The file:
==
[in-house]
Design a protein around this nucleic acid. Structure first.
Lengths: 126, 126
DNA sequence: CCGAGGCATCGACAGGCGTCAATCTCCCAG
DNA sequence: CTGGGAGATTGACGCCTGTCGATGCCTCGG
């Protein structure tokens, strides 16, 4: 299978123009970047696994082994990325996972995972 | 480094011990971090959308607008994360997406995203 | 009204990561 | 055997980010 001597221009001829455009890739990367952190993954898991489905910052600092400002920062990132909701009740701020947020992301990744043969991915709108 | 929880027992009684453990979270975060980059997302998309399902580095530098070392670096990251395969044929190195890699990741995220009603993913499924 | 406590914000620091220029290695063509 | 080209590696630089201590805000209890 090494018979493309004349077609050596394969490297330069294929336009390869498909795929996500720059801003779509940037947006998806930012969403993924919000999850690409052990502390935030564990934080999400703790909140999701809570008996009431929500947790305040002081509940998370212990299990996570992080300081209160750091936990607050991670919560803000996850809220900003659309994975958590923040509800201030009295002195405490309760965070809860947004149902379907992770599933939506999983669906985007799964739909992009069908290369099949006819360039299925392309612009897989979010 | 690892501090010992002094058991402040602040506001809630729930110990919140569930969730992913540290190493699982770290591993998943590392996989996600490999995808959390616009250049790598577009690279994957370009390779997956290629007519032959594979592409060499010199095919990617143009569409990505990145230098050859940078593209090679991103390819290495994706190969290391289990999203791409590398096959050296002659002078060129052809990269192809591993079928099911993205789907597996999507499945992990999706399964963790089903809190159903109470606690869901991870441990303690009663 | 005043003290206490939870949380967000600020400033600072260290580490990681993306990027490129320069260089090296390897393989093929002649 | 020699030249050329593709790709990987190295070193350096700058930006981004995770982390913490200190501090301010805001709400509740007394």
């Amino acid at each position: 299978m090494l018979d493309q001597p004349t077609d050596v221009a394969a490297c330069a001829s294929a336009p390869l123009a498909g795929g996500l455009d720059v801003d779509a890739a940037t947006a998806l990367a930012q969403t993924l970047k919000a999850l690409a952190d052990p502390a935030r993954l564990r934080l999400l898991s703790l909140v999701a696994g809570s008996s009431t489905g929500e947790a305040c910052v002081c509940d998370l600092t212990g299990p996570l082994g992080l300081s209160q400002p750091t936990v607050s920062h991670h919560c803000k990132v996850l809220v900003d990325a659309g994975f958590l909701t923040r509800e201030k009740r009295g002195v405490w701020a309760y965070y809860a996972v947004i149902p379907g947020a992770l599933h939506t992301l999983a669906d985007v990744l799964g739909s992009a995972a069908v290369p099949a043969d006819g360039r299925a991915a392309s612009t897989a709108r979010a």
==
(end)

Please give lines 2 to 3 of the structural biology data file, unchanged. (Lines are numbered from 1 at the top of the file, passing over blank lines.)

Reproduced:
Design a protein around this nucleic acid. Structure first.
Lengths: 126, 126